Law firms will pay for law school

Working for free?

Most federal states provide for a three-month compulsory internship for their law students. It means: look for suitable internship positions, write applications, check conditions. It is also important to find out about the tasks of an intern in the respective company - after all, you want to use the time sensibly. But the question of internship compensation is also appropriate. If you look at large law firms, some pay their interns a comparatively respectable salary: remuneration of 400 to 800 euros per month, sometimes even 250 euros per week, can be received there. The situation is often different in the case of smaller law firms that employ interns: it is not uncommon for you to work there without remuneration. One example is Voelker und Partner, a regional commercial law firm in Reutlingen. Once a year, she employs four students from the fourth semester for four weeks in a group internship. "We want to give the interns a comprehensive insight into the life of the law firm," explains partner Dr. Jan-David Jansing, who consistently organized the internship program a few years ago. It provides for all law firm members to be involved and the interns to be deployed with different lawyers. "This means that nobody has to get through the internship alone and everyone is more motivated," says Jansing's experience. The interns are assigned to real cases and are also given a long-term task with practical relevance. For example, the groups of four have already dealt with the VW emissions scandal or researched the effects of Brexit on British clients. There is no money for it: "For us, the internship has no economically feasible equivalent," Jansing explains the decision. "Our interns rather benefit from the experience they gain with us." Intern remuneration is also not an issue in job interviews or at career fairs, says the partner. The candidates who apply to his law firm are interested in the concept, even if it does not provide for any remuneration. So far there have been no problems reliably filling the four internship positions.

Legal industry pays rather little

Lawyer Christoph Scholze from the Aid24 law firm differentiates between compulsory and elective internships when it comes to money: "We do not remunerate compulsory internships, we often pay 10 euros gross per hour or more for optional internships," explains the firm's founder. Scholze prefers students from the second semester who want to work in the office for at least two months. For the optional internship, he prefers to take candidates whom he has already met during the mandatory internship: "Then I can better assess how much your work is worth for the firm." Scholze usually finds interns via the Internet, especially via the meinpraktikum.de portal, on which students can also post reviews about the internship providers. The feedback for his law firm reads positively - the fact that there is no remuneration for compulsory internships does not seem to bother him. A study published by the online platform in 2014 also shows that law firms pay their interns nothing or not much. According to this, law firms from the legal and tax industry pay their interns at an average of 159 euros per month and are thus far below the cross-sector average of 400 euros per month. The satisfaction of the legal interns reached a high value of 77 percent despite the low remuneration.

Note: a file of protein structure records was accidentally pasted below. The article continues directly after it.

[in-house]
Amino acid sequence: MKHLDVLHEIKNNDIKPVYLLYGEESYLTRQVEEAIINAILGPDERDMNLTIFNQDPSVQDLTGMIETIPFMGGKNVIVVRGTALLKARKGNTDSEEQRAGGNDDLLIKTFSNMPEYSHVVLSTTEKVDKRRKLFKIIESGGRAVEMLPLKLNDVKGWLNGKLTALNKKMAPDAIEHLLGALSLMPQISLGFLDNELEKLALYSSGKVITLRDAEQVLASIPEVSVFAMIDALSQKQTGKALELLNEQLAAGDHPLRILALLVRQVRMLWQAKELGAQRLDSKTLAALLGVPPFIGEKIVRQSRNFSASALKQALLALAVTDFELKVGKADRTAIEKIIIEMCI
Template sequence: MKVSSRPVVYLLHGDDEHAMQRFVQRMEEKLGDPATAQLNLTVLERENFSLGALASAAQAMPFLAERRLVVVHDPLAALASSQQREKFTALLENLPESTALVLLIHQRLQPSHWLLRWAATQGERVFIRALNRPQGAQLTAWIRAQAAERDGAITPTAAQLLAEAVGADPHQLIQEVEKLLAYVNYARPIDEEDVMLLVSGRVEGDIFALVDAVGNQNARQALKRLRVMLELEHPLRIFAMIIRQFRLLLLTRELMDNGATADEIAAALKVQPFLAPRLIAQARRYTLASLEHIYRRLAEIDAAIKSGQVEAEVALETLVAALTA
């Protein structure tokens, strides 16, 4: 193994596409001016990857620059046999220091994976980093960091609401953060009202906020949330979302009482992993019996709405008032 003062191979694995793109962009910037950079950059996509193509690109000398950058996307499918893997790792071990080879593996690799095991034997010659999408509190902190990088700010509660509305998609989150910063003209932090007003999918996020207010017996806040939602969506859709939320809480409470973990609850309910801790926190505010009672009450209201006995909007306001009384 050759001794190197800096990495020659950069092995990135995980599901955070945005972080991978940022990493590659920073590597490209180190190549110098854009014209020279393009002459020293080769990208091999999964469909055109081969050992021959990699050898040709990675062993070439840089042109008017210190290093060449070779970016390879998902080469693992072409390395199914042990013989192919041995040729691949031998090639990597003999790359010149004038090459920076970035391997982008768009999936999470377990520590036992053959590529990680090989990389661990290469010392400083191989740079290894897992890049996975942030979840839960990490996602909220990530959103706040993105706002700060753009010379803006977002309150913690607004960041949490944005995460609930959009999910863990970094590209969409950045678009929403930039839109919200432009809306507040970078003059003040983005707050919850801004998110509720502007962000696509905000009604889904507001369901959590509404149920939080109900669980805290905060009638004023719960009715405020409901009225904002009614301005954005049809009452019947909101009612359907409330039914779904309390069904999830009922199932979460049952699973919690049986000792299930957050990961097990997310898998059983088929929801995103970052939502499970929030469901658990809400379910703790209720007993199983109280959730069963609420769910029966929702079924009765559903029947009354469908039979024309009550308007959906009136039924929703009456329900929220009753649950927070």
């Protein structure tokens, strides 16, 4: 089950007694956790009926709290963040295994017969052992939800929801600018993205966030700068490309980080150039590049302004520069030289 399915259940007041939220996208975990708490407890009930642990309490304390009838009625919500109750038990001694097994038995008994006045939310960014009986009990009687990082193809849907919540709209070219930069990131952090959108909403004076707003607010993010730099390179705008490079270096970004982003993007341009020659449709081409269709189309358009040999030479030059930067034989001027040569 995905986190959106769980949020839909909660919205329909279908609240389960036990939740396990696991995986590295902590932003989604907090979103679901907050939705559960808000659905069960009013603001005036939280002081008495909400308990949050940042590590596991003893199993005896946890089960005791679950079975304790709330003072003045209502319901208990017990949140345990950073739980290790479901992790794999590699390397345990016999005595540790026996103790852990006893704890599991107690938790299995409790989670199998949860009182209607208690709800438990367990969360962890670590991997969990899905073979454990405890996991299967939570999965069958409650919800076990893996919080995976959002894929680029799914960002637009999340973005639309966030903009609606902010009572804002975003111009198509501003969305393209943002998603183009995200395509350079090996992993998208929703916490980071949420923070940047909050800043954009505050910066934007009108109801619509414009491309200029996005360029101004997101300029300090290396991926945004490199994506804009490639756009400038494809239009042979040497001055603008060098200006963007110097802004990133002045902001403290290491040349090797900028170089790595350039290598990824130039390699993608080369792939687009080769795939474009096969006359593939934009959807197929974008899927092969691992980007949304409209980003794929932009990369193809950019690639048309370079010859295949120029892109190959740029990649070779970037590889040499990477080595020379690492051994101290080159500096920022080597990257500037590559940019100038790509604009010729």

2/2: Companies are desperately looking for interns

Internships in law firms are apparently quite popular even without remuneration. The situation is different in medium-sized companies that offer legal internships. They often have problems finding suitable interns - even though they usually pay for their work.

One example is Added Life Value AG, which offers its customers legal services and legal products via its online portals. "Our interns work at the interface between online marketing and law," explains Dr. rer. pole. Christopher Prüfer, who has two to five internship positions to fill every year. "We are looking for both students and applicants with the first or second state examination," says Prüfer, because some of the interns are later regularly taken on as employees. "But especially students are hard to come by." And this, although interns who are still studying can expect 800 to 1,000 euros per month, trainee lawyers receive over 1,500 euros. "We paid that even before the introduction of the minimum wage," explains Prüfer. He therefore suspects that his company is simply not well known enough in possible applications - or that law firms are more popular.

Remuneration plays a subordinate role

So it looks like employers in traditional legal professions enjoy priority with applicants and prospective lawyers apparently do not make their internship so much dependent on the amount of the remuneration. Other criteria such as the tasks to be completed, the learning curve and the employer’s climate probably play a bigger role after all. For short internships of a few weeks, unpaid work is also entirely acceptable.

However, anyone who works in a law firm for a longer period of time and also carries out demanding tasks there should not make themselves available free of charge. The law also stipulates that interns must receive the legally prescribed minimum wage. Prerequisite: It is a voluntary internship that lasts longer than three months. Compulsory internships do not fall under the minimum wage requirement.